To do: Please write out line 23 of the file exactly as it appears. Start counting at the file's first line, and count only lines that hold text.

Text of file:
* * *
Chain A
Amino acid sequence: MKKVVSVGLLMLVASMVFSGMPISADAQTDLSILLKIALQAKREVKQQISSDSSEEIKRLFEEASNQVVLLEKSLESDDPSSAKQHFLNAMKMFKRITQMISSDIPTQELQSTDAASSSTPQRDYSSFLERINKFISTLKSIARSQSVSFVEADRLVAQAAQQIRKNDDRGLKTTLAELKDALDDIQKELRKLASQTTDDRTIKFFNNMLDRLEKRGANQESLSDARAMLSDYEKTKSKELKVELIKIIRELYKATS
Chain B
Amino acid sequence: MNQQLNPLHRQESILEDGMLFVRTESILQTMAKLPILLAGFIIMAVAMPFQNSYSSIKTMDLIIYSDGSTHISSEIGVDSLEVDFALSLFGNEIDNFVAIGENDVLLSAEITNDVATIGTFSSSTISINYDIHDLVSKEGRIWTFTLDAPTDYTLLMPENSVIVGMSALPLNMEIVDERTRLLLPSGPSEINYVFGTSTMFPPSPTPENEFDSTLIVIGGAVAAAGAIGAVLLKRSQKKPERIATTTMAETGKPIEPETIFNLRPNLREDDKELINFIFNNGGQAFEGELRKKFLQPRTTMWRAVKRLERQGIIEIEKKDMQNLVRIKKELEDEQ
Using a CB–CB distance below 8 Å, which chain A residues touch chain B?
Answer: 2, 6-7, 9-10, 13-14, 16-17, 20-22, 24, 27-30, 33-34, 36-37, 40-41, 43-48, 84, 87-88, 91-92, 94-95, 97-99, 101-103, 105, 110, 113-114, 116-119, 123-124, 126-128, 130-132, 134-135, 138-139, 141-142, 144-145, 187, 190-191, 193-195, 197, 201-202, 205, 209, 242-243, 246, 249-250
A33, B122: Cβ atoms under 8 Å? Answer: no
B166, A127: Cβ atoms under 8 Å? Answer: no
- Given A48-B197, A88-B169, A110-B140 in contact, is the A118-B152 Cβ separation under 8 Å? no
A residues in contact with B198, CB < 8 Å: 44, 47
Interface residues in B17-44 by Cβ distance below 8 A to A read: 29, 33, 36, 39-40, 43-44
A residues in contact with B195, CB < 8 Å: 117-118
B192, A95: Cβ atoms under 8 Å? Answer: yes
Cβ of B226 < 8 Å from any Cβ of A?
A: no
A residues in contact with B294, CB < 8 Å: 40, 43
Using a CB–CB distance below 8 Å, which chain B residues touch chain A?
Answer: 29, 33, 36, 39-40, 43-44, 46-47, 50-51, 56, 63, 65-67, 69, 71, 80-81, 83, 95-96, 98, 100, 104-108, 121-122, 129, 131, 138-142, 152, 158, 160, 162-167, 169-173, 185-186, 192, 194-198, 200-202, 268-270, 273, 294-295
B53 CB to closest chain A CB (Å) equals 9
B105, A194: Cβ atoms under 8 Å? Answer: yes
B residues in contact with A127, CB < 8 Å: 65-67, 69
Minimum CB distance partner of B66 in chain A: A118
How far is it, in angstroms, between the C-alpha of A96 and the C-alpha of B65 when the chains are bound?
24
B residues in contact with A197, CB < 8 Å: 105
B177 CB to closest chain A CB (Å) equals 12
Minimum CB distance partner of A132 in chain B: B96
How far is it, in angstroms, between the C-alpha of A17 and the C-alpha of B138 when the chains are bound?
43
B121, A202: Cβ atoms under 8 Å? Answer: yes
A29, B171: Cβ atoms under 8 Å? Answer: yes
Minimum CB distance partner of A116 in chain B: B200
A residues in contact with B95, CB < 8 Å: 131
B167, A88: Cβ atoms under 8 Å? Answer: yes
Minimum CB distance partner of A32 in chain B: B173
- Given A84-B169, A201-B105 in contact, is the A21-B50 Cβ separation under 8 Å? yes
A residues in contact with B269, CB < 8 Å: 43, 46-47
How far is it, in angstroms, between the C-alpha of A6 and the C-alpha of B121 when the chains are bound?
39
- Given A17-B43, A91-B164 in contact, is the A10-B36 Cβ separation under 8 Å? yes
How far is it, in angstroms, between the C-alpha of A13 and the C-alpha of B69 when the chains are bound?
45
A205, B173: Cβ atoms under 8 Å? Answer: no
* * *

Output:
How far is it, in angstroms, between the C-alpha of A96 and the C-alpha of B65 when the chains are bound?